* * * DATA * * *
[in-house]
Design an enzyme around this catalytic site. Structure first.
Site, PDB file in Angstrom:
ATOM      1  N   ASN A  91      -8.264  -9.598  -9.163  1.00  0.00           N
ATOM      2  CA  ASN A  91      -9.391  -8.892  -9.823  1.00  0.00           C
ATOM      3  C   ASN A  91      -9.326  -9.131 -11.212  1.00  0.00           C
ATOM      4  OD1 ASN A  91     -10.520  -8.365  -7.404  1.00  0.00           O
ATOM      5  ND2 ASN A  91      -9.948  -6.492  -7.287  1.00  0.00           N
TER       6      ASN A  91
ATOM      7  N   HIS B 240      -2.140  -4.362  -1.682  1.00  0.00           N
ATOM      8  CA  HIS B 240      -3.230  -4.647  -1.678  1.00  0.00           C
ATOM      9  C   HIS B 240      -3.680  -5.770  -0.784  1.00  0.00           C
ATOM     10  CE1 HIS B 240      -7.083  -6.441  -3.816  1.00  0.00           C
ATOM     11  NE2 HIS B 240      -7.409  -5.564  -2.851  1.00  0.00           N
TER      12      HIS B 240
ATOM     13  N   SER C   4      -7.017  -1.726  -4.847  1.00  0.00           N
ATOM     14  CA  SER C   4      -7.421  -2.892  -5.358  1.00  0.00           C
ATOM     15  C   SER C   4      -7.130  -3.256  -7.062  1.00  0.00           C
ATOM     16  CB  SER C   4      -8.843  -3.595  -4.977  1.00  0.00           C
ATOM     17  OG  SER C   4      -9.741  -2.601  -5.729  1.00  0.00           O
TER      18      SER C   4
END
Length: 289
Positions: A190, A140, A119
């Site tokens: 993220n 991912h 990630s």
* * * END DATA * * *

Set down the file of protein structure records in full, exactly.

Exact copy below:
[in-house]
Design an enzyme around this catalytic site. Structure first.
Site, PDB file in Angstrom:
ATOM      1  N   ASN A  91      -8.264  -9.598  -9.163  1.00  0.00           N
ATOM      2  CA  ASN A  91      -9.391  -8.892  -9.823  1.00  0.00           C
ATOM      3  C   ASN A  91      -9.326  -9.131 -11.212  1.00  0.00           C
ATOM      4  OD1 ASN A  91     -10.520  -8.365  -7.404  1.00  0.00           O
ATOM      5  ND2 ASN A  91      -9.948  -6.492  -7.287  1.00  0.00           N
TER       6      ASN A  91
ATOM      7  N   HIS B 240      -2.140  -4.362  -1.682  1.00  0.00           N
ATOM      8  CA  HIS B 240      -3.230  -4.647  -1.678  1.00  0.00           C
ATOM      9  C   HIS B 240      -3.680  -5.770  -0.784  1.00  0.00           C
ATOM     10  CE1 HIS B 240      -7.083  -6.441  -3.816  1.00  0.00           C
ATOM     11  NE2 HIS B 240      -7.409  -5.564  -2.851  1.00  0.00           N
TER      12      HIS B 240
ATOM     13  N   SER C   4      -7.017  -1.726  -4.847  1.00  0.00           N
ATOM     14  CA  SER C   4      -7.421  -2.892  -5.358  1.00  0.00           C
ATOM     15  C   SER C   4      -7.130  -3.256  -7.062  1.00  0.00           C
ATOM     16  CB  SER C   4      -8.843  -3.595  -4.977  1.00  0.00           C
ATOM     17  OG  SER C   4      -9.741  -2.601  -5.729  1.00  0.00           O
TER      18      SER C   4
END
Length: 289
Positions: A190, A140, A119
């Site tokens: 993220n 991912h 990630s």